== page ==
T. J. Told You

Let me put you on to a story some people say, has no hero’s.

In the mid summer of 1917, the Third Battalion of the 24th Infantry was sent to Camp Logan in Houston, Texas (which is now current day Memorial Park) to assist with guard work. The all black platoon of soldiers were nervous to head to the Jim Crow South but military orders are orders right?

Camp Logan over modern day Houston

They arrived in the city on July 28th from New Mexico, for what was only scheduled to be a seven weeks trip. It didn’t take long for the townspeople of Houston to make it clear, soldier or not, they would receive no respect.

The soldiers were subject to segregation laws, daily verbal and physical abuse. More than anyone, from the Houston Police Department.

Two officers in particular, Lee Sparks and Rufus Daniels were the worst of them all and patrolled what is now parts of downtown and Montrose, but then known as the San Felipe district.

One day, August 23rd to be exact, rumor spreads that Charles Baltimore, a well respected corporal, has been killed by Sparks and Rufus.

Fake news was clearly a thing back then too.

Camp Logan, World War I
1917

At this point the soldiers have been putting up with crap for weeks so tension was already high. They later are able to debunk the rumor when Baltimore shows up to camp. Injured but alive nonetheless.

His story about the encounter gets everybody hype and 1st Sergeant Henry tries to get everyone organized to ride out and have civil talk with the police.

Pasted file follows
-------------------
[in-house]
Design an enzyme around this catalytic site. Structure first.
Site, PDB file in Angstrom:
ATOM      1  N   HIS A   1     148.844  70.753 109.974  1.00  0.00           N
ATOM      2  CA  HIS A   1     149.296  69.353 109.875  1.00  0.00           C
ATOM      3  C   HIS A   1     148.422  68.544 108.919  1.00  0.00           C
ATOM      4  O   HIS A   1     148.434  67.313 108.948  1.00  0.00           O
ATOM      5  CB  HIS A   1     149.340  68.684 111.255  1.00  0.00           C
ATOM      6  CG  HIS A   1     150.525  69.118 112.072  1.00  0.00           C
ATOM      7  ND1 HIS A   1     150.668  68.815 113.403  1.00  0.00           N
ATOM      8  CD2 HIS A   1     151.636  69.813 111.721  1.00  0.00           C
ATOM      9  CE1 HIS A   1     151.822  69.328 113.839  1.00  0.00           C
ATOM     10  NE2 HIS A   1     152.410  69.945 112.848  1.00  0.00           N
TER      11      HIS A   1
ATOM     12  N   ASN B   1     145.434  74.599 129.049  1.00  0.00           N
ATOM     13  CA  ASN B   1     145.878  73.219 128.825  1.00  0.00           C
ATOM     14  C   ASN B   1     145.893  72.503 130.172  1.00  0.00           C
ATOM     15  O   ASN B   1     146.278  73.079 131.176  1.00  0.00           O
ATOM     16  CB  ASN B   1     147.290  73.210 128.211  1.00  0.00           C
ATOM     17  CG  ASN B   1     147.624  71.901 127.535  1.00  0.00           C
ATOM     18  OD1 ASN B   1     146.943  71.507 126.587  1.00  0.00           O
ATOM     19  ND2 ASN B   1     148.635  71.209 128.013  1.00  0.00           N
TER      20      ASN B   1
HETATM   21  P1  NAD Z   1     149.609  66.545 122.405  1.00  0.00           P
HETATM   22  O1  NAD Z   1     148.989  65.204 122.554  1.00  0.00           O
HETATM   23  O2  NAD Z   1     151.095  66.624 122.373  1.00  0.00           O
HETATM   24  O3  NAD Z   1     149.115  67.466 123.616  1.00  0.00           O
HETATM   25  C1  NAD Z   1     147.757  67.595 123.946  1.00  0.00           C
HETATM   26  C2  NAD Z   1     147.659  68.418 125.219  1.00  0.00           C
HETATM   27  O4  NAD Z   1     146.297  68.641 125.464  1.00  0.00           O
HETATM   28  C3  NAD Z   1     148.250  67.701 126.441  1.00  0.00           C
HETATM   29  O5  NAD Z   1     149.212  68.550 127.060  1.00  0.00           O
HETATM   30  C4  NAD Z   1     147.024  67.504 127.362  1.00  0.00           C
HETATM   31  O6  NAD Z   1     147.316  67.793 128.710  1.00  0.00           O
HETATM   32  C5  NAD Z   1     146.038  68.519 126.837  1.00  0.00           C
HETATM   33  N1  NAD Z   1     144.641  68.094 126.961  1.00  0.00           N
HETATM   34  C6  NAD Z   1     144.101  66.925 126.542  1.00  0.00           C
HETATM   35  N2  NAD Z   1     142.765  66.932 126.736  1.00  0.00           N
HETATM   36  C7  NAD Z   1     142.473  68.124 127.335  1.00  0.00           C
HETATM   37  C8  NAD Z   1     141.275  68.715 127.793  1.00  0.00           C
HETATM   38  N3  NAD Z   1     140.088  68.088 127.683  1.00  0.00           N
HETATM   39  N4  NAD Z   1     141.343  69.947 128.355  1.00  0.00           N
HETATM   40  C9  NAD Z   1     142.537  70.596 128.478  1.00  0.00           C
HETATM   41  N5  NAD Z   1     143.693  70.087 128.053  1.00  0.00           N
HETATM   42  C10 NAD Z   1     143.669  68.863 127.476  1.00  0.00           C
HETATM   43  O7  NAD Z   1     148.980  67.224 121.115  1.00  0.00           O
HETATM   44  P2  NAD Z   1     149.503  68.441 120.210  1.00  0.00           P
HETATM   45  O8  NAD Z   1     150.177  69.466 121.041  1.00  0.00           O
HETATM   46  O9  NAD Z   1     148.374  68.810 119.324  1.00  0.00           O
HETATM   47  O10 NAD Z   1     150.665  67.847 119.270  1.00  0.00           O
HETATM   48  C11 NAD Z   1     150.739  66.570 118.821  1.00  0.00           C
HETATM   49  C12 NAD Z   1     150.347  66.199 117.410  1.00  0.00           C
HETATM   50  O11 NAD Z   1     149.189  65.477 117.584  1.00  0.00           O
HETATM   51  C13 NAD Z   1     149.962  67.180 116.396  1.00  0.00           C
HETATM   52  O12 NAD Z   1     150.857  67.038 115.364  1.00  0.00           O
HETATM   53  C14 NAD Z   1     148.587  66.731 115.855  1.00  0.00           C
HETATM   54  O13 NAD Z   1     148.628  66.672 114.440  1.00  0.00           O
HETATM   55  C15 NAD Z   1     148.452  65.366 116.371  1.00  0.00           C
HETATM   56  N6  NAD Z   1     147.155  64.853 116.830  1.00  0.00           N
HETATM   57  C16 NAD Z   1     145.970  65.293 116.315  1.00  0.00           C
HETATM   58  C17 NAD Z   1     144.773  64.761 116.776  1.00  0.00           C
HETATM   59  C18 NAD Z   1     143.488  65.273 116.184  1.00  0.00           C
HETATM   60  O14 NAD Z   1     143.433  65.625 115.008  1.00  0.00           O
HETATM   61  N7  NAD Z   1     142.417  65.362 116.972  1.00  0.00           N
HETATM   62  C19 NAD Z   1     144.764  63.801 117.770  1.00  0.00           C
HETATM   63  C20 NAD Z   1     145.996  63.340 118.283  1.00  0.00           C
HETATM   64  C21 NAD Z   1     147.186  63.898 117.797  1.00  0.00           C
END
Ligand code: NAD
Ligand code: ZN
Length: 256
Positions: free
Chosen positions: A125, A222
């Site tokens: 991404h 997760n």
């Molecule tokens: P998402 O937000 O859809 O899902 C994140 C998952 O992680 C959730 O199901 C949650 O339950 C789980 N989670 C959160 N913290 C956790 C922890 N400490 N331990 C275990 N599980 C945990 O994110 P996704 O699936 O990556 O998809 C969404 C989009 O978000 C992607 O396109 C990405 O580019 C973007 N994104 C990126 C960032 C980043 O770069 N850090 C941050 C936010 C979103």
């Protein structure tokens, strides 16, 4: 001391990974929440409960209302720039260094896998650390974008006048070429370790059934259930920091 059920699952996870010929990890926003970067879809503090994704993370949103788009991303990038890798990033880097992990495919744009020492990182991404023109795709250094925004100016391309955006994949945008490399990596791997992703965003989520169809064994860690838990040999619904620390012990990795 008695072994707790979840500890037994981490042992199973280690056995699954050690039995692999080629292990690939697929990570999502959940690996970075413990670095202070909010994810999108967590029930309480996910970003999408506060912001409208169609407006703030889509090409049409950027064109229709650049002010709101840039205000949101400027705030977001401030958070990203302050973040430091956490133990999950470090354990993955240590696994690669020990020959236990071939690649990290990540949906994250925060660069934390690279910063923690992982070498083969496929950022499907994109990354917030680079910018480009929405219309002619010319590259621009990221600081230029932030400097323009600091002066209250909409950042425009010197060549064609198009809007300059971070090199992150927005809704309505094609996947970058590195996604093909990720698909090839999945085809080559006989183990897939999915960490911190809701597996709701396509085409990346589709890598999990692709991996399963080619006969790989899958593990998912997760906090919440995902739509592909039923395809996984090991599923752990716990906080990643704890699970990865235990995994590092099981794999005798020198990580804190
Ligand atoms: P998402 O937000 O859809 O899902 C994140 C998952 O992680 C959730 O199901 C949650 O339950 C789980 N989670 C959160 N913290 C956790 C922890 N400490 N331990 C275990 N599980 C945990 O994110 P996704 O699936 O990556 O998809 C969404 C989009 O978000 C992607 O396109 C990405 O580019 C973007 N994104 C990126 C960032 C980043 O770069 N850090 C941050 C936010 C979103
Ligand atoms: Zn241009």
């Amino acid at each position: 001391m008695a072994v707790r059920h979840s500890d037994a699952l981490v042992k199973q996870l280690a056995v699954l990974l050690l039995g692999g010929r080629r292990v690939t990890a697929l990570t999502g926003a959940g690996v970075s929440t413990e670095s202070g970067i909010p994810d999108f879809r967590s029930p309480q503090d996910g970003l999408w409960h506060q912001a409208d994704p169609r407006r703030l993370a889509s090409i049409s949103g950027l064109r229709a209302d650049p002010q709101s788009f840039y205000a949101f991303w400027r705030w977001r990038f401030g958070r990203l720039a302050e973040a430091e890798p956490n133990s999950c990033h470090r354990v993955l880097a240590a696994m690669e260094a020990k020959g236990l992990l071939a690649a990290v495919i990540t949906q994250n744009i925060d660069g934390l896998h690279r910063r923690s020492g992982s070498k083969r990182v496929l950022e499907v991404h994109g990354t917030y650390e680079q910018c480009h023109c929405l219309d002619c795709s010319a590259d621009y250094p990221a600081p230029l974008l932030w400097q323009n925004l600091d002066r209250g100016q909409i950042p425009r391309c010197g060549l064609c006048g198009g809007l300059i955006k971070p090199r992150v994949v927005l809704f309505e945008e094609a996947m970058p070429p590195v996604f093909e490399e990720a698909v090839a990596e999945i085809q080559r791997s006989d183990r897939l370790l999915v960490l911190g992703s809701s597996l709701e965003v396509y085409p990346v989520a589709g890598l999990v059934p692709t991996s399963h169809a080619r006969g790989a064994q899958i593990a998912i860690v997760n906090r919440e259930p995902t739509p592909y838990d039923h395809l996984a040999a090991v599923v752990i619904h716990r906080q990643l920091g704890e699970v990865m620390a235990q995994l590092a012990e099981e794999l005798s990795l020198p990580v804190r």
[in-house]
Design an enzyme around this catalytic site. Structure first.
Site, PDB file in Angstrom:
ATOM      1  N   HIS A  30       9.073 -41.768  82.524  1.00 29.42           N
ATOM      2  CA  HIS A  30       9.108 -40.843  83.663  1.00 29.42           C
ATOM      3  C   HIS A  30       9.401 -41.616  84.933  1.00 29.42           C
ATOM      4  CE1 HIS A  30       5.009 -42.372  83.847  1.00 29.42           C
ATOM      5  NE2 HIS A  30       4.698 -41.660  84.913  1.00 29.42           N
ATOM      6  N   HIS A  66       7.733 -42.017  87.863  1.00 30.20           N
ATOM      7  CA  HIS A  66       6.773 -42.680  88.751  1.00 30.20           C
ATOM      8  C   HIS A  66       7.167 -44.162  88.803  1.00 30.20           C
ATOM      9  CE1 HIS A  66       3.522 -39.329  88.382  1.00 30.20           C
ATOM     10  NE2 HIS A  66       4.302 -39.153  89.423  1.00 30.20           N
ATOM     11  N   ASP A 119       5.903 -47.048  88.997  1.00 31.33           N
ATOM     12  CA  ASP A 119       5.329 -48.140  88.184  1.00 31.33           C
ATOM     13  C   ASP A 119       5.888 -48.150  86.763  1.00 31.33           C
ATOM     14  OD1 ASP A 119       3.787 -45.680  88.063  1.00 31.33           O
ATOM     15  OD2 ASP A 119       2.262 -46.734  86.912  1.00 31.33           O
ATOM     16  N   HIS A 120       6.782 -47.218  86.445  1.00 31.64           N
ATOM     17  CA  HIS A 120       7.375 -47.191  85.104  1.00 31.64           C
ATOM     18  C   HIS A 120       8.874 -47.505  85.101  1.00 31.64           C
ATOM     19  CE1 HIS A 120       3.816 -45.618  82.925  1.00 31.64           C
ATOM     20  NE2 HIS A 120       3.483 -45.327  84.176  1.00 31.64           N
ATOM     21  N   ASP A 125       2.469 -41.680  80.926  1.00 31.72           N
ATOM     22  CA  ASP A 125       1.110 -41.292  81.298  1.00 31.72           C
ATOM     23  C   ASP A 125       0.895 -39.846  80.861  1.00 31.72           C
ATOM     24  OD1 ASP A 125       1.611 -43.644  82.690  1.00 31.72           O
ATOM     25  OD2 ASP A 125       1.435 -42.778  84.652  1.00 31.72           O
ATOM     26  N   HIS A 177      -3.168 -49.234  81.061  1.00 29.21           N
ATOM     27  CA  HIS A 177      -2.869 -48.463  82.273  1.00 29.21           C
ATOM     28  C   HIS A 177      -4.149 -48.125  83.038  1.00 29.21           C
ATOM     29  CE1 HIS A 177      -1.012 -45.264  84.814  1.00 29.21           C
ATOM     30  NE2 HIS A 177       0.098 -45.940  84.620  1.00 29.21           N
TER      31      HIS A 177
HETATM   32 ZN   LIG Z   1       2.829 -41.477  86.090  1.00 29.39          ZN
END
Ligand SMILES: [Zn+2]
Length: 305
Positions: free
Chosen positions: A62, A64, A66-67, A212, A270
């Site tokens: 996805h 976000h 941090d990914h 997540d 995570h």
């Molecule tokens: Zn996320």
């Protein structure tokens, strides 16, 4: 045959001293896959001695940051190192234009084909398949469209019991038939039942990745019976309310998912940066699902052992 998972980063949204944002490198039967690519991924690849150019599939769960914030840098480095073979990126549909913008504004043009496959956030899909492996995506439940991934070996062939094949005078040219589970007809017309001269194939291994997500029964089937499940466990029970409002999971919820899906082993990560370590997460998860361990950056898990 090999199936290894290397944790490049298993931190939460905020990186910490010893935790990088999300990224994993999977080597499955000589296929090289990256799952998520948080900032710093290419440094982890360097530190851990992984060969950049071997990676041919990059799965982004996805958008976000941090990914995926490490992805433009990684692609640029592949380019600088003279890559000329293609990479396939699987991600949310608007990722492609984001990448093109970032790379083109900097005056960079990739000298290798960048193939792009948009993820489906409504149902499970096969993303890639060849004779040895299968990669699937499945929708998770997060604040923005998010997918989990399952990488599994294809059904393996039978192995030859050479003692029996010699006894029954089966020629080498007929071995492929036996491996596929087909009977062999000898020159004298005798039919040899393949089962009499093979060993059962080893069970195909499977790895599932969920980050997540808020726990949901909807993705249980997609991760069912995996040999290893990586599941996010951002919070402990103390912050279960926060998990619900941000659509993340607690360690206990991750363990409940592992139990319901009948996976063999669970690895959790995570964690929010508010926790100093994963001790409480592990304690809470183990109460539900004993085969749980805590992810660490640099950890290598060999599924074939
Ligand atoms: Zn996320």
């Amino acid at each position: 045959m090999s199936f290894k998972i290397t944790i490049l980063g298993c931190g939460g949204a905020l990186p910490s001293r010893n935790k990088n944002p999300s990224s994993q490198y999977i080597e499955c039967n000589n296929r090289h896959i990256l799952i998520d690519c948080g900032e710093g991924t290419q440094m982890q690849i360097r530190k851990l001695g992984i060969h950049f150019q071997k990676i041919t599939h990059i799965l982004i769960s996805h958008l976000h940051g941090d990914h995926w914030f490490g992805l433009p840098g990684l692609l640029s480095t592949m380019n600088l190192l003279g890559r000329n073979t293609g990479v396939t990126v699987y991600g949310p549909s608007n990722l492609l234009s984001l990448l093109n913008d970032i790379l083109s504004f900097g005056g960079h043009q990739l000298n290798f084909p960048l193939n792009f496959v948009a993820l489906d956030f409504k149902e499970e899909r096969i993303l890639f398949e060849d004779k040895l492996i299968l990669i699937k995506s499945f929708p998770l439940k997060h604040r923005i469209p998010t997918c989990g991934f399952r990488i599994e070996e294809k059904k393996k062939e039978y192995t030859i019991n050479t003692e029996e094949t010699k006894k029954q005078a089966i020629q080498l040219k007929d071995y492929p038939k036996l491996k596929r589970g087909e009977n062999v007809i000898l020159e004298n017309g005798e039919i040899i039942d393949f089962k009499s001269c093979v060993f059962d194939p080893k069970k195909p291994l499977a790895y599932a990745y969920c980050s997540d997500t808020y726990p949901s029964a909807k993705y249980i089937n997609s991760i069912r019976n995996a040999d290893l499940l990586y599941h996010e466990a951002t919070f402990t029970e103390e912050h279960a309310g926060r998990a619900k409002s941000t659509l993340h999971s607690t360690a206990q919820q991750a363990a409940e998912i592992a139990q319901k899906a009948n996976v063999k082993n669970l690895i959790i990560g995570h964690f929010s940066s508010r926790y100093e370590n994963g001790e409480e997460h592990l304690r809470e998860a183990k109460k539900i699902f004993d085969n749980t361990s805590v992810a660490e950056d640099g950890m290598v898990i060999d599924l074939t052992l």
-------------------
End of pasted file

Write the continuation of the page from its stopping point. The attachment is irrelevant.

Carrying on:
Roughly 100 soldiers left camp and Henry could not control them all. Soldiers rode through town and fired randomly on white by standers and police officers as they made their way towards the city jail. This moment would come to be known as the #HPDRiot1917.

The 4 mile uproar resulted in the deaths of 17 people and 21 injured (per the Houston Chronicle headline but the numbers have varied depending on where you look). Henry shorty after committed suicide and his body was found the next morning.

The largest murder trial on record soon came to follow. As consequence, 110 out of 118 men were charged with at least one crime.

Per usual, the government was up to some sneaky stuff so these court proceedings were considered a secret.

On December 10th, 13 participants in the riot were transported to an area at Camp Travis near Salgado Creek. They were hung at 7 in the morning , simultaneously, from scaffolds built near the bathrooms.

The evidence was quickly dismembered and the supplies returned to Fort Adam Houston in San Antonio, Texas. Only the sheriff and army officers witnessed this execution.

In January of 1918, a second court martial, referred to as the “Washington” case resulted in 15 men being tried and 5 being sentenced to death. A new court ruling was in place at this time and the executions could not be carried out.

By March of 1918 the third and finial court martial known as the “Tillman” case, 40 more soldiers were tried. 23 total were found guilty. 11 of the soldiers were sentenced to death while 12 were sentenced to life.

In late August of 1918, President Thomas Wilson granted clemency to 10 soldiers and converted their execution to life sentences.


So BOOM, there you have it. Some historians will have you believe that a group of black savages lashed out on innocent white bystanders.

Pure bullshit.

No one will tell you about the abuse or mistreatment that pushed them over the edge.

So when you tell the next, make sure you tell them T.J. taught you!

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